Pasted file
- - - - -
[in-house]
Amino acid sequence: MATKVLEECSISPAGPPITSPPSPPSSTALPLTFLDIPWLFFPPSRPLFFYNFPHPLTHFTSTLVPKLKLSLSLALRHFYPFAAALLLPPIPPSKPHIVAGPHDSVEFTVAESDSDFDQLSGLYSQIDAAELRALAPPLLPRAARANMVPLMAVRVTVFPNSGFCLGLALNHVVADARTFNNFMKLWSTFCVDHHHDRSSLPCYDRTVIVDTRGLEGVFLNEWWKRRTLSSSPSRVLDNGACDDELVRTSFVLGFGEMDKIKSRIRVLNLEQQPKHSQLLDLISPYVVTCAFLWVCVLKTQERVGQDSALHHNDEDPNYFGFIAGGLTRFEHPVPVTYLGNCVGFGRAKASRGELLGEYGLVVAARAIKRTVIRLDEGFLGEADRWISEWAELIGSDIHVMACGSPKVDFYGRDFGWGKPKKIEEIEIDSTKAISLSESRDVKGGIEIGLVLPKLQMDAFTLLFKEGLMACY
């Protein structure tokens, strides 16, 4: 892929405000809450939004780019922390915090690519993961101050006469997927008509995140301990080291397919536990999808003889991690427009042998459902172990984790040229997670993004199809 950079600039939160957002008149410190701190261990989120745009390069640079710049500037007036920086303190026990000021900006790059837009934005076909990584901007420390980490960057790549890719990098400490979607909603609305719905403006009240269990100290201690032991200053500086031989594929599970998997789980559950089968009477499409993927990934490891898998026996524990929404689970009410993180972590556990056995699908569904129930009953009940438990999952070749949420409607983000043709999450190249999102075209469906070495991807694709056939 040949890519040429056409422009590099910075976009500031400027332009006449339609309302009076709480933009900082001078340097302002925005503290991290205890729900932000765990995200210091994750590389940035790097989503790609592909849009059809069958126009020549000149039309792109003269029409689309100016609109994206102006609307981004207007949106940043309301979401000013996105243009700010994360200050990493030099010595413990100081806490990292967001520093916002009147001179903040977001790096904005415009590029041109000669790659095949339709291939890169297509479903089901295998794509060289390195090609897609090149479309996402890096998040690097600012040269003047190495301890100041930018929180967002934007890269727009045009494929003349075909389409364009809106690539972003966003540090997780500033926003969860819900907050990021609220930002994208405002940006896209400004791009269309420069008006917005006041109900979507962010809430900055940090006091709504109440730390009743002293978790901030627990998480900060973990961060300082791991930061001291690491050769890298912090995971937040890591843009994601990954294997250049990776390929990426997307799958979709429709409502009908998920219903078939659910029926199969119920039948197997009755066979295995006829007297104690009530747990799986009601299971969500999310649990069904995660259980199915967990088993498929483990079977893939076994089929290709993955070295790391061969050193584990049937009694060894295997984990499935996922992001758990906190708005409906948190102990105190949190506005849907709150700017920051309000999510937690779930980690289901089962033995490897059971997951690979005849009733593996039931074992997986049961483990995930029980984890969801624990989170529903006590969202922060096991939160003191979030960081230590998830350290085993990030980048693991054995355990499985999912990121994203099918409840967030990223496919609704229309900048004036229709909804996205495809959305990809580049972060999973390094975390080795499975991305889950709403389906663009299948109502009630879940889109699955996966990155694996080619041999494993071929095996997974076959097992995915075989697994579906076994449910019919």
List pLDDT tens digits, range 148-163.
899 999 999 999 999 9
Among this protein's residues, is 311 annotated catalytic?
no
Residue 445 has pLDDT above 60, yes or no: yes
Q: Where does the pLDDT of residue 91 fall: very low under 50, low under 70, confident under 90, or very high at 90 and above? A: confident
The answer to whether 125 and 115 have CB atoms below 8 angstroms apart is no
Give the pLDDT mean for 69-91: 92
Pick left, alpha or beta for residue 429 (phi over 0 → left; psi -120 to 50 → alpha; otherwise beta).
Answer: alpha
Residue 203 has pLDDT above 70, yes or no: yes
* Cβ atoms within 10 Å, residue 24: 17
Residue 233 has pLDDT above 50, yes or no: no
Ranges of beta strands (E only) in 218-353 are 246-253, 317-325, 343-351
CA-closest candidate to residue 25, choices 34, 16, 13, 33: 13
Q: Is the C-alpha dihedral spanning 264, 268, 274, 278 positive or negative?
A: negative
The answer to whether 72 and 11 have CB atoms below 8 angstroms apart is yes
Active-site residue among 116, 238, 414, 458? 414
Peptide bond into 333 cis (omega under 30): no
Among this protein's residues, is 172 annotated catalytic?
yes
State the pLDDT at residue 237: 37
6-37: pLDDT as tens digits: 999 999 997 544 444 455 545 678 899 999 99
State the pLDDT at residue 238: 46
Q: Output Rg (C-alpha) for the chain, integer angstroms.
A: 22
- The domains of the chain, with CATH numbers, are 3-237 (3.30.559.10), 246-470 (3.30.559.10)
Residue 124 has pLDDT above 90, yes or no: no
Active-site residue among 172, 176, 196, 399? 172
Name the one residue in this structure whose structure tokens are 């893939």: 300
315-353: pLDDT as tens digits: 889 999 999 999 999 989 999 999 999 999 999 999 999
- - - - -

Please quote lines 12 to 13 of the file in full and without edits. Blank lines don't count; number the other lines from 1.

Pick left, alpha or beta for residue 429 (phi over 0 → left; psi -120 to 50 → alpha; otherwise beta).
Answer: alpha